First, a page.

Following lacklustre performance at local elections, the French President has appointed a new Prime Minister. Is it a good tactic, and will it change anything?
A strange and preternatural atmosphere surrounded the reshuffle following the French municipal elections. Everyone was waiting for the inevitable fall of the Prime Minister and his replacement. But bizarrely nobody seems to mind this peculiar French custom that amounts to both an admission of impotence, a transfer of irresponsibility and abuse of power. Once again the President has used his Prime Minister as a safety valve, getting rid of the latter whereas it is the President’s policies that are questioned by the French. France is the only western democracy to have a dual executive, where the President may refuse to be responsible for the election result, circumventing the Constitution by replacing the Prime Minister in a few minutes. It should be noted that the government and its leader should represent the parliamentary majority and be accountable to the National Assembly. In fact, it is the President who alone appoints and sacks the Prime Minister. Moreover, the ministers are designated by the Elysée. Thus the Prime Minister remains what Jean-François Revel called a “fiction” in his essay Inefficient Absolutism (Plon, 1992)).
Worse, this razzmatazz is completely sterile as the reshuffle fills no purpose whatsoever. It has never stopped any majority from crumbling shortly afterwards. Following the 1983 reshuffle of the socialist cabinet the centre-right won the 1986 elections by a wide margin. Two more reshuffles ensued in 1991 and 1992, when Pierre Bérégovoy replaced Edith Cresson who replaced Michel Rocard, followed by a spectacular loss in the 1993 elections. The next reshuffle was on the right in November 1995 and another defeat less than two years later. Any President who uses his powers to pass the buck fails to understand that such a behaviour is pointless as long as the policies remain unchanged.
But it is not only pointless, it’s another French exception. When a German political party loses local or the European elections, the Chancellor does not get rid of her ministers at the drop of a hat (the German President has practically no power as the position is mostly symbolic). Government reshuffles are scarce, ministers only resign for health reasons or in case of scandal. The same applies in Sweden where local elections are separate from national elections and have no impact on the sitting government. And as in Germany and the United Kingdom, mandates cannot be accumulated so ministers are not concerned by local elections.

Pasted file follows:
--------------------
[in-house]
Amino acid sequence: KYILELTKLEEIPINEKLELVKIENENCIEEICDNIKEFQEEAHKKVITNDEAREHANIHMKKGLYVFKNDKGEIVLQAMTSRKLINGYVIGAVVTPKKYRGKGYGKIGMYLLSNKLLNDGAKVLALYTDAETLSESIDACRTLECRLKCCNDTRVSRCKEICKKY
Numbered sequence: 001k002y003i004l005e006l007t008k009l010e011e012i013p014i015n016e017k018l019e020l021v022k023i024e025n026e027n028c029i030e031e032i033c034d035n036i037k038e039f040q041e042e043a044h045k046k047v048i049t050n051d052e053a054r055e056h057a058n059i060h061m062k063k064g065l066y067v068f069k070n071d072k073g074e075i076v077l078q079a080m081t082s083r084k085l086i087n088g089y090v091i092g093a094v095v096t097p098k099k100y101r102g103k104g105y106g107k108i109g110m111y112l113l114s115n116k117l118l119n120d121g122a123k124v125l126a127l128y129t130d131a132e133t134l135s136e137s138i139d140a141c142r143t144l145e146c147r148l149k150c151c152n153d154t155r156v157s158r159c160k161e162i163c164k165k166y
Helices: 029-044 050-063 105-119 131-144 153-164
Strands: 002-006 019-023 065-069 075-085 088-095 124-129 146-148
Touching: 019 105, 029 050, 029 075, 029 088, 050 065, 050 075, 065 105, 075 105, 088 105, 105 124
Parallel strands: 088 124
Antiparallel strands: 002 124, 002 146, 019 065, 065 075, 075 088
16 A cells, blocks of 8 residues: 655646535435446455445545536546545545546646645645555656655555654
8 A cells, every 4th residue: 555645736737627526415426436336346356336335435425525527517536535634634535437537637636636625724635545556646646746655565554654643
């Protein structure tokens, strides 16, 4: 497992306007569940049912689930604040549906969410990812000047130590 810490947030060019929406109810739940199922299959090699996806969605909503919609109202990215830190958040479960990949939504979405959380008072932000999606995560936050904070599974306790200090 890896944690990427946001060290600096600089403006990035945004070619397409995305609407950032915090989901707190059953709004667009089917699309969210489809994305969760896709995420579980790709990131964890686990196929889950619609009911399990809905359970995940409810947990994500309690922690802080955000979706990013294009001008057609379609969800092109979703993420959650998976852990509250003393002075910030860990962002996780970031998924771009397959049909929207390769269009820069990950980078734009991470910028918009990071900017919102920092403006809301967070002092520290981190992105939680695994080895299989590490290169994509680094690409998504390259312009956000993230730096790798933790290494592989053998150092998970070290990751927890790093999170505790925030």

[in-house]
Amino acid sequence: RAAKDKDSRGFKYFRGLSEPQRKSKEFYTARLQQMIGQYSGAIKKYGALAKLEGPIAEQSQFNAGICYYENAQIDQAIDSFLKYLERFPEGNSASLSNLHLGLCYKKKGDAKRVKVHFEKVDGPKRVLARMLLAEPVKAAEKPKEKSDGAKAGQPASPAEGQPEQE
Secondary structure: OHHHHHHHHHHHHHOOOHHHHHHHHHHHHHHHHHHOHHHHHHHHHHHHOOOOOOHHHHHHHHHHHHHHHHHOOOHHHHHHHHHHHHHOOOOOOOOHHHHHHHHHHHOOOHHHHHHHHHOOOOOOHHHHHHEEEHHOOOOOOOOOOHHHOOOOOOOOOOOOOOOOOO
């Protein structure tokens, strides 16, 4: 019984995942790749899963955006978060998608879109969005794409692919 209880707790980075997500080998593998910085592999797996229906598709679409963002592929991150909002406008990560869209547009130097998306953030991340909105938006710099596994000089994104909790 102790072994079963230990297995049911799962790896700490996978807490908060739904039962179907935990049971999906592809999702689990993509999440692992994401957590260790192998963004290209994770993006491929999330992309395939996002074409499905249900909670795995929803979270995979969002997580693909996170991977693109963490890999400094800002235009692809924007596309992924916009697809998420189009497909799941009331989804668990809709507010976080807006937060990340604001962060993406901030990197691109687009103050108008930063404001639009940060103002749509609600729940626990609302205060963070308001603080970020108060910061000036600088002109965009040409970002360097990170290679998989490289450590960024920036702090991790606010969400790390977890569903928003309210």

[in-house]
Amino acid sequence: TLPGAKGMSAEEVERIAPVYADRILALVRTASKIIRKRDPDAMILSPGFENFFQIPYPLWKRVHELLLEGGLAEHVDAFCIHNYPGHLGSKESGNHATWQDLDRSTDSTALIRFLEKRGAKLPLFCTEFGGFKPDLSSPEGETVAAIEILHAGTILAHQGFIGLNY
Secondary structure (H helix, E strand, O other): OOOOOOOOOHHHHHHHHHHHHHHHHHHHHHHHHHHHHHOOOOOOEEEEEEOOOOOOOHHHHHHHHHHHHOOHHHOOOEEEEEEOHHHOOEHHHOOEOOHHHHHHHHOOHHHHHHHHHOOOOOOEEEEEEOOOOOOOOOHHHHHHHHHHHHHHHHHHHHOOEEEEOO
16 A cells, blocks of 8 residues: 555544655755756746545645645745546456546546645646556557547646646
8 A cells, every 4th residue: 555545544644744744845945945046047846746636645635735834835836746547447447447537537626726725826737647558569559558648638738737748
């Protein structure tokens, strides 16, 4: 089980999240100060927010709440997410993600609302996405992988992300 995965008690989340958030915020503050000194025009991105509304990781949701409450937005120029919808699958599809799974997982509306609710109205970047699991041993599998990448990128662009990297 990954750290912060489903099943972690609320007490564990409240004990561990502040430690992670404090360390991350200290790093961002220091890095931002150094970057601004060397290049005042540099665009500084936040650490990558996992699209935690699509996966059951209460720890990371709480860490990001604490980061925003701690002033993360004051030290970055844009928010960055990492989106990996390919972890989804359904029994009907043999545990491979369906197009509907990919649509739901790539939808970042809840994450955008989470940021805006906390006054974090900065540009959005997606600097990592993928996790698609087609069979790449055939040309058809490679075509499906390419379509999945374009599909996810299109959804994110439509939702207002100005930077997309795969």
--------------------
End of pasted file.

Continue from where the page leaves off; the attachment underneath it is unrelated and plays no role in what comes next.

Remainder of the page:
In 2004 and 2006, Tony Blair’s New Labour took a terrible beating in the local elections. Only minor changes were made inside the cabinet and were chiefly dictated by a series of scandals striking Labour in 2005-2006. Eventually Tony Blair resigned himself a year later in favour of Gordon Brown.
In the midterm elections in November 2010, Obama and the Democrats were badly defeated, losing more than 60 seats in the House of Representatives as well as their majority. Several Democrat governors were also replaced by Republicans. But this did not change anything within the Obama administration, except that the chief of staff, Emmanuel Rahm became mayor of Chicago. Vice-President Joe Biden did not have to resign and is still in office.
The reshuffle is thus a very typical French exception which is tantamount to “chopping the patient’s head off in order to cure his migraine” as Jean-François Revel wrote. But other remedies would be needed to save France.
Nicolas Lecaussin is Director of Development at IREF (Institute for Research in Economic and Fiscal Issues) based in Paris.